But the row inside the Conservative Party is not really about the single currency at all. If it were, the party could have united without any fuss or trouble behind Mr John Major's policy of wait-and-see - which is essentially Mr Blair's and Mr Gordon Brown's policy as well. Mr Hague first modified it to exclude entry for the "foreseeable future". Then he changed again to make the period of exclusion the duration of this Parliament and the next, a possible nine years.

This was not sensible politics. It was even less sensible to hold a party ballot which he knew he would win and then to announce the result at the beginning of the conference in the vain expectation that everyone would say "well, that's settled then" and go off to talk about other matters entirely. On the contrary - as I could have told Mr Hague had he asked me - the ballot turned the single currency into the topic of the week and guaranteed extensive coverage for the sayings of Mr Clarke, Mr Heseltine and, inevitably, Mr Michael Portillo. Mr Hague has chosen to have a fight with the first two, who are not only the most popular Conservatives with the voters but virtually the only ones they can recognise at all. When Mr Blair had his fight, which was really a walkover, about Clause IV, he took the precaution of ensuring that his opponents were both unpopular and unknown.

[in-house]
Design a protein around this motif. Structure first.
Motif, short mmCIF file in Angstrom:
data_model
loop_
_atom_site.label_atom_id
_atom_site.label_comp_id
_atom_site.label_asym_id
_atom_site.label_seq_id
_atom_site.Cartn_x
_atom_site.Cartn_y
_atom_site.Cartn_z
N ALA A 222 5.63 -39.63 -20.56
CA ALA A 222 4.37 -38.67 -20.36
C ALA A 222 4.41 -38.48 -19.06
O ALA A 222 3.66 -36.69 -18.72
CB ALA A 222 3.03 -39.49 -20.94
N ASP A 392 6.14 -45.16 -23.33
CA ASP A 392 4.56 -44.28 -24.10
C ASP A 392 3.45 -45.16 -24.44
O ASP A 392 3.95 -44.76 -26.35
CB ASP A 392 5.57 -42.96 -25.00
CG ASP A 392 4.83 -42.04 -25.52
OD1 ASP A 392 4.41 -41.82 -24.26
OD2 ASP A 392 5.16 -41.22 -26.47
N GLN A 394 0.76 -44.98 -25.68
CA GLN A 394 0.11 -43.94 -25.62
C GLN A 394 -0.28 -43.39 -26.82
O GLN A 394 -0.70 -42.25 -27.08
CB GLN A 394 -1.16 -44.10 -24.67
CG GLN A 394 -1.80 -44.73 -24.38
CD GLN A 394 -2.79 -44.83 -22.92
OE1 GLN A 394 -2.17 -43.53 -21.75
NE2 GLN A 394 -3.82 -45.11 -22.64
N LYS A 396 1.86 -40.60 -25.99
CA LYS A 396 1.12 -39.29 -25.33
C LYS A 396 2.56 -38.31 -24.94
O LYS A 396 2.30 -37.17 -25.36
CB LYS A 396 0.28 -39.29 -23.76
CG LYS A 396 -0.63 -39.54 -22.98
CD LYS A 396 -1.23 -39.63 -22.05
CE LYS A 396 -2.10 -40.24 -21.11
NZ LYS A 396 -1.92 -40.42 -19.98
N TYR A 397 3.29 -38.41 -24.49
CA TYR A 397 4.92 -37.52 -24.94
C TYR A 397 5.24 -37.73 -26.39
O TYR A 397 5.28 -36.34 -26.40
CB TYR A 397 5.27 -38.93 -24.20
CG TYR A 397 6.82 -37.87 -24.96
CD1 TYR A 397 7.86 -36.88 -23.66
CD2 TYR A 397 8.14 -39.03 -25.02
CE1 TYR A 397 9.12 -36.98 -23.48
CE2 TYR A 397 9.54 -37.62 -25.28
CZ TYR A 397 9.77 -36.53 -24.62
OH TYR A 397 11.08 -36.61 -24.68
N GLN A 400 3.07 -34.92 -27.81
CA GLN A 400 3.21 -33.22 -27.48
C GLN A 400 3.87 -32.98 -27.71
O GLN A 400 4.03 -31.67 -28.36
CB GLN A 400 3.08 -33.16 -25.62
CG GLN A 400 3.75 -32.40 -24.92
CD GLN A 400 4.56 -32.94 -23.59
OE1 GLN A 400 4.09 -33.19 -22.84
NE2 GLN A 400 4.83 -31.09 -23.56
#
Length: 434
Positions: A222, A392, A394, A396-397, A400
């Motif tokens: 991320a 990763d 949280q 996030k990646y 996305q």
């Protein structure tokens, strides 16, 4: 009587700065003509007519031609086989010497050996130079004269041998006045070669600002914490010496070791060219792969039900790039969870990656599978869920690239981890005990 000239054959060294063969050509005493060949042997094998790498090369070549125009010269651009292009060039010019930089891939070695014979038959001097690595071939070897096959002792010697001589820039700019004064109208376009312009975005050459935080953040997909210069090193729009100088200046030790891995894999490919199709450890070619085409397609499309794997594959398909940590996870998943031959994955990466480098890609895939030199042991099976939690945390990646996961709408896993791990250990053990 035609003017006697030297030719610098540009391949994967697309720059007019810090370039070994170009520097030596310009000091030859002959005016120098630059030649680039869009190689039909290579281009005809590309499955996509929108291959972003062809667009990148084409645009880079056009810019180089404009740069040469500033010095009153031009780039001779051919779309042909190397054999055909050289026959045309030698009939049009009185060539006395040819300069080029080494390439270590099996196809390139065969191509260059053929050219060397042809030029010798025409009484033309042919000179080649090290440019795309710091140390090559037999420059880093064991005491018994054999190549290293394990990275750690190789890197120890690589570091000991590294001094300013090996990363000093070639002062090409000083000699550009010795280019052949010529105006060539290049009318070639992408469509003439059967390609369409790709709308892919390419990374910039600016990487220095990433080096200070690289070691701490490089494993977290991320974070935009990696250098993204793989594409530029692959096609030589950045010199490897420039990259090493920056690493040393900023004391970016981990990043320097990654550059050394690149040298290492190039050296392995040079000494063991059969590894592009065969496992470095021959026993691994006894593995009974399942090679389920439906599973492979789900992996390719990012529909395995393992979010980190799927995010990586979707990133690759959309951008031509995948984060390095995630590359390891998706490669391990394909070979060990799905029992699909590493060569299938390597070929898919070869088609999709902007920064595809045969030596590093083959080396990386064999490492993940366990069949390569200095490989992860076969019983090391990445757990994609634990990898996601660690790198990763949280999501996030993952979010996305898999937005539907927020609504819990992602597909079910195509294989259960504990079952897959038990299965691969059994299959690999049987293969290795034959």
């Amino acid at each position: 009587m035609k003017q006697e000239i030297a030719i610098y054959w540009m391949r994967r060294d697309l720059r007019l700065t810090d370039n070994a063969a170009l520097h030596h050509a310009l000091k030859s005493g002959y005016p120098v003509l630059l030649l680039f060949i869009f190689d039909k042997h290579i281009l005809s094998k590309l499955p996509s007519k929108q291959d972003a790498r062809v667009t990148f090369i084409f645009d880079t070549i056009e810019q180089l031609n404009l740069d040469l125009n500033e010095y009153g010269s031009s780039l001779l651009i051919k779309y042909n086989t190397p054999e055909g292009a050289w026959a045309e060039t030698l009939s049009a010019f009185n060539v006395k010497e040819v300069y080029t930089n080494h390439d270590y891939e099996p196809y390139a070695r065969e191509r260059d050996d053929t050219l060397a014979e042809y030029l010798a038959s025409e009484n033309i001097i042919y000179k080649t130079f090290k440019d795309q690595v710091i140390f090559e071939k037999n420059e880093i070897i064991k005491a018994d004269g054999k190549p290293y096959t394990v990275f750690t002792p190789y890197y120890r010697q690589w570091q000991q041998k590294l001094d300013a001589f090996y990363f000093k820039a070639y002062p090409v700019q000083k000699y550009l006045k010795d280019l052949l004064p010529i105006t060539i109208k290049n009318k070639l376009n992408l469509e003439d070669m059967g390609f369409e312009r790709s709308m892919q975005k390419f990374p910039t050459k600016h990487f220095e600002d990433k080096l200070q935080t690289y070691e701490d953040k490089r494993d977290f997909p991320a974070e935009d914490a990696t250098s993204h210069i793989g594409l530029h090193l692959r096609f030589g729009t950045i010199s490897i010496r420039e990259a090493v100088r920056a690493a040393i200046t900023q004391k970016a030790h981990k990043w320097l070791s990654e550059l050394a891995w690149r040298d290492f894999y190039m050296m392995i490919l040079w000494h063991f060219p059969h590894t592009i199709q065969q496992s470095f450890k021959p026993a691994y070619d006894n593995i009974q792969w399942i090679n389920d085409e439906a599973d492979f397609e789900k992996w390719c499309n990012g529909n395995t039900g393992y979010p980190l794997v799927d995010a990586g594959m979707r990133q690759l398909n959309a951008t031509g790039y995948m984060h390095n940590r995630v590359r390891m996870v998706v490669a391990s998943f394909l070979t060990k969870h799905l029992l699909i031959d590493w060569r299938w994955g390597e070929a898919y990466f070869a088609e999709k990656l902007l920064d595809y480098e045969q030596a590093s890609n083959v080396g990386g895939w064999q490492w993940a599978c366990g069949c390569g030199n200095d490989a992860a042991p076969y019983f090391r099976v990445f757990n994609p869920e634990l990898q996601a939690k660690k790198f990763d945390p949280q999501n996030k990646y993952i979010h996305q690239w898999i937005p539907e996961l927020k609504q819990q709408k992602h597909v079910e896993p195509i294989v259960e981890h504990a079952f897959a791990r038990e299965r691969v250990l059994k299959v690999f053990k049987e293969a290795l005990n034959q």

Mr Clarke was his usual relaxed self, not all passion spent exactly - for he has always traded in sense rather than in passion. But he was quite happy with a pint, an inexpensive cigar and numerous appearances before our admiring eyes on the television screen. Mr Heseltine was, by contrast, a man possessed, no longer the mangy old circus lion, but a great, savage beast, roaring away like anything and tossing his mane as if Mr Hague were a troublesome fly. Mr Clarke still has a chance - slim, but a chance - of leading his party. Mr Heseltine can now speak more freely because he has none, not least because Mrs Heseltine would not allow him to take it.

In May 1997 the natural contest would have been between Mr Heseltine and Mr Portillo. But the latter lost his seat; while the former suffered a recurrence of heart trouble almost immediately after the election. If this had not happened he would, in Mr Portillo's absence, almost certainly have been elected unopposed. Last week he said there were certain people (carefully left uncertain by Mr Heseltine) who were using Europe as a device to dislodge Mr Hague and replace him with Mr Portillo.

I do not accuse the controllers of Channel 4 of being party to any such plot. It was none the less odd behaviour to give Mr Portillo what was in effect a multi-part self-promotional film on the eve of the Tory conference. One scene appears to have stuck in the public mind: Mr Portillo with Mr Hague on the Yorkshire moors, where the former is held to have cut a more impressive figure by far.

But Mr Hague, through his ostensibly democratic reforms, has made it more difficult to get rid of him. The leader must now be dislodged by a majority of MPs. In the ensuing election the new leader is elected by all the party's members, who have always been loyal to the sitting tenant. My guess is that Mr Hague will still be with us at the next election. If the Labour Government has its traditional financial crisis - it may already be having one - Mr Hague could perform respectably.

"Trust the people," said Mr David ("Two Brains") Willetts, citing Disraeli as his source. Actually it was Lord Randolph Churchill. No matter. The people can get up to all sorts of tricks. Before 1970 few observers thought poor Ted Heath could ever win against Harold Wilson, the Tony Blair of his age.